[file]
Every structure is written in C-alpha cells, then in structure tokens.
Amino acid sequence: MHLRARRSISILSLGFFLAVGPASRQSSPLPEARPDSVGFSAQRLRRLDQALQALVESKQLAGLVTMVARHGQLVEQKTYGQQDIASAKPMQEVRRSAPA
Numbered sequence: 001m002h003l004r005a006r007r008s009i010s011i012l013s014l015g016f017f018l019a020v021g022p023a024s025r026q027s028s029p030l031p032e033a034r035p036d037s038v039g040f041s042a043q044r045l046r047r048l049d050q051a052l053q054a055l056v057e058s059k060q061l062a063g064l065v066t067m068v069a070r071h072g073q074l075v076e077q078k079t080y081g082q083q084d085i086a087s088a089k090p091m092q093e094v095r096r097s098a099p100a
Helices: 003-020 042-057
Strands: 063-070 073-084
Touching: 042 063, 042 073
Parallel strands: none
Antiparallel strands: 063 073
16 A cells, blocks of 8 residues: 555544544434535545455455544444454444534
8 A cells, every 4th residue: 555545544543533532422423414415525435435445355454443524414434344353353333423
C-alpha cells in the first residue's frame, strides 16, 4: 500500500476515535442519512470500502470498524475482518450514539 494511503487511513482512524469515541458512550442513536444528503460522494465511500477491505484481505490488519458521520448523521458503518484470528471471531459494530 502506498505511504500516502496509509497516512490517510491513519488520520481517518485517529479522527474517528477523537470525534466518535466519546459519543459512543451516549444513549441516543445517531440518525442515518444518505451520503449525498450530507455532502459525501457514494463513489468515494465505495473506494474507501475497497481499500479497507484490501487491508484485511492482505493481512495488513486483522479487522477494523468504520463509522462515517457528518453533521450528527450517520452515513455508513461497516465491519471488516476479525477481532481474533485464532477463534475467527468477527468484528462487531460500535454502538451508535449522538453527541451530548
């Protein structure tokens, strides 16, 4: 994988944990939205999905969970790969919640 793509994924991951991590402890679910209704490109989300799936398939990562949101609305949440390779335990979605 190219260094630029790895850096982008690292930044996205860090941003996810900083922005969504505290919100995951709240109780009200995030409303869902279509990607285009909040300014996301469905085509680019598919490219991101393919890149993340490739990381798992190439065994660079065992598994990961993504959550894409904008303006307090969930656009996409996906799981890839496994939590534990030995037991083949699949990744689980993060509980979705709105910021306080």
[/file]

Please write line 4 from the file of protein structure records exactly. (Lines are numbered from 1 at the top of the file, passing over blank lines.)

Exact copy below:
Helices: 003-020 042-057